Overall we could never run these outreach opportunities without generous support from our sponsors – Alliant Energy, Tormach, Zendesk, Miller, Dremel, Milwaukee Tools, and King Trailer Company. We’re always looking for more contributors to help cover our costs and improve services.
Alliant’s contribution of an old service truck has been invaluable in many other ways, we’ve been able to pick up and move tons of iron for the iron pour:
and many piles of salvage materials to allow us to build our permanent home:
And we’re looking forward to more All Hand’s On metalworking activities a little closer to home!
Thank you for your patience while we’ve had a tough year! We’ve had a lot to look forward to but many challenges in getting there. If you’d like to help us build our permanent space at 56 Corry St please sign up on the construction mailing list (just click request to join group, will say “group members only” on the page) and stop in to volunteer when you can. Tasks range in experience levels, so you can put your expert skills to work or help out where needed and learn as you go.
We’re still raising money for our permanent home, you can donate (without fees) here, every bit counts!
We have a deadline to move by April this year, which has unfortunately meant we’ve been unable to keep up with membership requests and building construction. If you’re interested in signing up to use the workshop, please use the contact us button at the top right to send in an e-mail and we’ll get back to you as soon as we can, regrettably this may take some time.
FeLion Studios and Sector67 are proud to announce our 8th annual partnership on a community iron pour, taking place on February 10th at Sector67 – you can RSVP on Facebook here
You can purchase heart moulds online now and pick them up any Friday from 1-7PM at Sector67; – we have two hearts for $30 which can be customized to your liking and forever cast into iron:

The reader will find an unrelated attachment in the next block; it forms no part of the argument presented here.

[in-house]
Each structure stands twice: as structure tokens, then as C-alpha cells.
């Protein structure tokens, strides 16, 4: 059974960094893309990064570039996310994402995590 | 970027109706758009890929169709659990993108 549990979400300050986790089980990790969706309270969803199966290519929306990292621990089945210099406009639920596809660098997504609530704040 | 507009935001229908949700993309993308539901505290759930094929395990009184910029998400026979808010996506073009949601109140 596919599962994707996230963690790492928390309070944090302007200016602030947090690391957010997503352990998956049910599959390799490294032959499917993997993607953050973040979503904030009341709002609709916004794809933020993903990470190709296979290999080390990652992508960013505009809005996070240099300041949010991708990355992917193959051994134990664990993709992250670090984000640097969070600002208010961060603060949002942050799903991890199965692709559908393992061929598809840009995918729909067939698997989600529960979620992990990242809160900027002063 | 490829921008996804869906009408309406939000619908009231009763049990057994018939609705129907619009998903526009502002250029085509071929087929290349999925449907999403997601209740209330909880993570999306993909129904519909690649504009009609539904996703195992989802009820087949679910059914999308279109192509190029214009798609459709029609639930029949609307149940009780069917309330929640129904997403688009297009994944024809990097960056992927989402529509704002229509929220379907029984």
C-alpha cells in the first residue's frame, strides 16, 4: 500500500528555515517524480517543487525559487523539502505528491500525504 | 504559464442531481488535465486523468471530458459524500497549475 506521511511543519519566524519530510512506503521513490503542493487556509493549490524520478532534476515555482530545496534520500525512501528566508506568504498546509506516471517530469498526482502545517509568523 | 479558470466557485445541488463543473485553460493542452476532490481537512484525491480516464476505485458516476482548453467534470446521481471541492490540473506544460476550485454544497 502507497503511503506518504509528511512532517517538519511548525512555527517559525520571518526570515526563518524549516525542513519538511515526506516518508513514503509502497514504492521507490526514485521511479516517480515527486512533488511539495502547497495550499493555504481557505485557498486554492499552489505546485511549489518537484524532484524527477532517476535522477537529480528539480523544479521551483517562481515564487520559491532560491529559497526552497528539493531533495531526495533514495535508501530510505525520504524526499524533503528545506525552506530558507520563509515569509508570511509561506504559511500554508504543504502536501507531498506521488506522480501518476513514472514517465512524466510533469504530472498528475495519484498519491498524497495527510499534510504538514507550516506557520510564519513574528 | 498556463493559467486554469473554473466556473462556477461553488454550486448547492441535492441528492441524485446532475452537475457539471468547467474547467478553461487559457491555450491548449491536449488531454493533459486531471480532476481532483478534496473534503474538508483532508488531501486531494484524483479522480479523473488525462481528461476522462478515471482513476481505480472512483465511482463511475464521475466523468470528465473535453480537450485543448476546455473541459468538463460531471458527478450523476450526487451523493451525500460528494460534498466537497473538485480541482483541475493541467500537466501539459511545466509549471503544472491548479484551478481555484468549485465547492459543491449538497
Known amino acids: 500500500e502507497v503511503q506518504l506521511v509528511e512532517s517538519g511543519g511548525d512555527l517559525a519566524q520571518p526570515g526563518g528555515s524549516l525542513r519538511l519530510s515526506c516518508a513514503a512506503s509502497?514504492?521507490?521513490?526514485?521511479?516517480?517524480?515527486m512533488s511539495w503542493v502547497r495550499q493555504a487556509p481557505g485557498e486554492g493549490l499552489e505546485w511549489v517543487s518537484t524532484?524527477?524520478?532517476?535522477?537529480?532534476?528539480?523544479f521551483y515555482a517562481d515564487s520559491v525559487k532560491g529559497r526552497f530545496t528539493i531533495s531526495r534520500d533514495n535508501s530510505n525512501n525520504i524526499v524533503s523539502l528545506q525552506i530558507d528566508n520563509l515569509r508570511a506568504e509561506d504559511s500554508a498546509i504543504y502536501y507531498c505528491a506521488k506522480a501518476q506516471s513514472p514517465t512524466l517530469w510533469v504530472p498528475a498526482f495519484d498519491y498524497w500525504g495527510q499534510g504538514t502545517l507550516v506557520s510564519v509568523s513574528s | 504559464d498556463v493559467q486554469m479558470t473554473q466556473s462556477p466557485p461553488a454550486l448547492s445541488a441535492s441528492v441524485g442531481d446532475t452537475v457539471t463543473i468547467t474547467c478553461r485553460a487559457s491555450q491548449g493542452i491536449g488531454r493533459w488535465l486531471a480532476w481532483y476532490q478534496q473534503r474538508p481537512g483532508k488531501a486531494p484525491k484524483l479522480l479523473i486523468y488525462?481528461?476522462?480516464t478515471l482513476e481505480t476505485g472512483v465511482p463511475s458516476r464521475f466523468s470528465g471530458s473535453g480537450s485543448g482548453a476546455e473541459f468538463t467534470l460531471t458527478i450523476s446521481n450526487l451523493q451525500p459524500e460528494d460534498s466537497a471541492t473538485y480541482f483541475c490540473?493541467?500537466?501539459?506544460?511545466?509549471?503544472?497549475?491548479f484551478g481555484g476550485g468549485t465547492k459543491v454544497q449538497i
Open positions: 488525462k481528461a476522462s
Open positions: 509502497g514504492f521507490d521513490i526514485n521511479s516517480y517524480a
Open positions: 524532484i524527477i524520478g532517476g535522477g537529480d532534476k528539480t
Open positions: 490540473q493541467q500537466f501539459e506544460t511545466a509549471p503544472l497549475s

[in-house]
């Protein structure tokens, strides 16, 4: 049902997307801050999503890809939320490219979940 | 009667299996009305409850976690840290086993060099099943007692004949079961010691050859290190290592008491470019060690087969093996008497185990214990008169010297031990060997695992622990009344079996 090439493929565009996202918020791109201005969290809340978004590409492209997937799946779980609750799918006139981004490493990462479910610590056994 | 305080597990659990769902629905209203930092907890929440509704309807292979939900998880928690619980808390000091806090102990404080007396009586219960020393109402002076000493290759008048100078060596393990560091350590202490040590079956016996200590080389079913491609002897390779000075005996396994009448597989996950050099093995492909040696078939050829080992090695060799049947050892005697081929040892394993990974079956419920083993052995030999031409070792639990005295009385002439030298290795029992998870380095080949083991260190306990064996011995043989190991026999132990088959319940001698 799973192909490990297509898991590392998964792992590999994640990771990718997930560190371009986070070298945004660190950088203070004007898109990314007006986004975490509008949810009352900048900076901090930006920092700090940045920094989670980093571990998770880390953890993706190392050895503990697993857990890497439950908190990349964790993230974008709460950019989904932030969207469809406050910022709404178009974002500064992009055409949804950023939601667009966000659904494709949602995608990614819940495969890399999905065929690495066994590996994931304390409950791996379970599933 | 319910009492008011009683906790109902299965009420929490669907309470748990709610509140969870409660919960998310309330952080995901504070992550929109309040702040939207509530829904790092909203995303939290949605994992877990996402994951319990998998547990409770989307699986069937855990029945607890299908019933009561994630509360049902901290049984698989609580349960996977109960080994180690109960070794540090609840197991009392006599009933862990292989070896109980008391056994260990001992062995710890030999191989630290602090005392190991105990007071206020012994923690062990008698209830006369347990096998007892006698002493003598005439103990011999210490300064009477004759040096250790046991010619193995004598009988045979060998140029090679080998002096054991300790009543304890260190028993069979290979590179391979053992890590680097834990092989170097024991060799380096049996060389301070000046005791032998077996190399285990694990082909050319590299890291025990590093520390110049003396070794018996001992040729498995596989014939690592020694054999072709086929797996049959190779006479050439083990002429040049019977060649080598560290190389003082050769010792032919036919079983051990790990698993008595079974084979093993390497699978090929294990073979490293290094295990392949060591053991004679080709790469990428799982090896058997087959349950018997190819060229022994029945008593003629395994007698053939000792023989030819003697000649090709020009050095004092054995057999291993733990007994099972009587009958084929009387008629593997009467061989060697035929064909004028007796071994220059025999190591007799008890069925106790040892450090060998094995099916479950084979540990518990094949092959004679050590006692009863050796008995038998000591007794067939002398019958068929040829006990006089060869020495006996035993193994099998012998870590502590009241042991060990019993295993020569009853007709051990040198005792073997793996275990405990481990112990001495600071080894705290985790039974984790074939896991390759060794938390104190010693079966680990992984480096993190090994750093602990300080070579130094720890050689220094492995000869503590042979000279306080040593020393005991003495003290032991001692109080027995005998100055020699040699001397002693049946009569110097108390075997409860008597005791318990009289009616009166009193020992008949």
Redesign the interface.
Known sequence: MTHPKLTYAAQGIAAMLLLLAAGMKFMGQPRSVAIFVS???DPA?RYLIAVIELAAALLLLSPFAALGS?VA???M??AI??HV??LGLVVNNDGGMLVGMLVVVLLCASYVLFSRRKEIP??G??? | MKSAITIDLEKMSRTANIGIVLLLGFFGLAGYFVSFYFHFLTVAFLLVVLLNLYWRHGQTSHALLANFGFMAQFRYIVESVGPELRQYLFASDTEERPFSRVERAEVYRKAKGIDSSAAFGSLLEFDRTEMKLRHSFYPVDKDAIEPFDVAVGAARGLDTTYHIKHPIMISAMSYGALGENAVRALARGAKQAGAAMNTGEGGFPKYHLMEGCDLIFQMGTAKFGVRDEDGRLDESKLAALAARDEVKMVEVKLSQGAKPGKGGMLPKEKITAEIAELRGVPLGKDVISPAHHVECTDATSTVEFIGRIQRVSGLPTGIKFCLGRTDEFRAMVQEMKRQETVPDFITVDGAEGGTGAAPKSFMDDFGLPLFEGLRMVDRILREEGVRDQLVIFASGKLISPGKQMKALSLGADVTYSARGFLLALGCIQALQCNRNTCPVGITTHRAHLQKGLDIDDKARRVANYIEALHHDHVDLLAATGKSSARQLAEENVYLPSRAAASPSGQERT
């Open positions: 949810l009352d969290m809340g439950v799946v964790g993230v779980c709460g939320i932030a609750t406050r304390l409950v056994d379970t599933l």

Even if you aren’t interested in making your own cast iron artwork, please join us for music, great company, and a fun spectacle while the iron is poured. FeLion is always looking for supporters to help make the event happen every year.
2018 Timelapse Videos:
Here’s some cool videos/pictures from prior years as well:
On September 20th, 2017 Chris Meyer, the founder and driving force behind Sector67, was seriously injured in a freak accident caused by a propane explosion while working to help build out the new Sector67 facility. Now Chris and Sector67 need your help! Please see our Go Fund Me page for more details of the accident, the project and how you can help.
As an intern, I had the pleasure of attending, recording, and editing the February Iron Pour for Sector67. It was an exclusive backstage pass as a Social Media Manager into an event that had the feel of genuine American culture. Experiencing the energy of it was similar to attending a festival. The cultural atmosphere was great for capturing footage and images that was impressionable. There was chili, hot drinks, and beer (BYOB) as well as classic American Rock music playing. For mid February, the weather was a little mild and the sun shined right into the parking lot of Sector67, in which we were able to enjoy.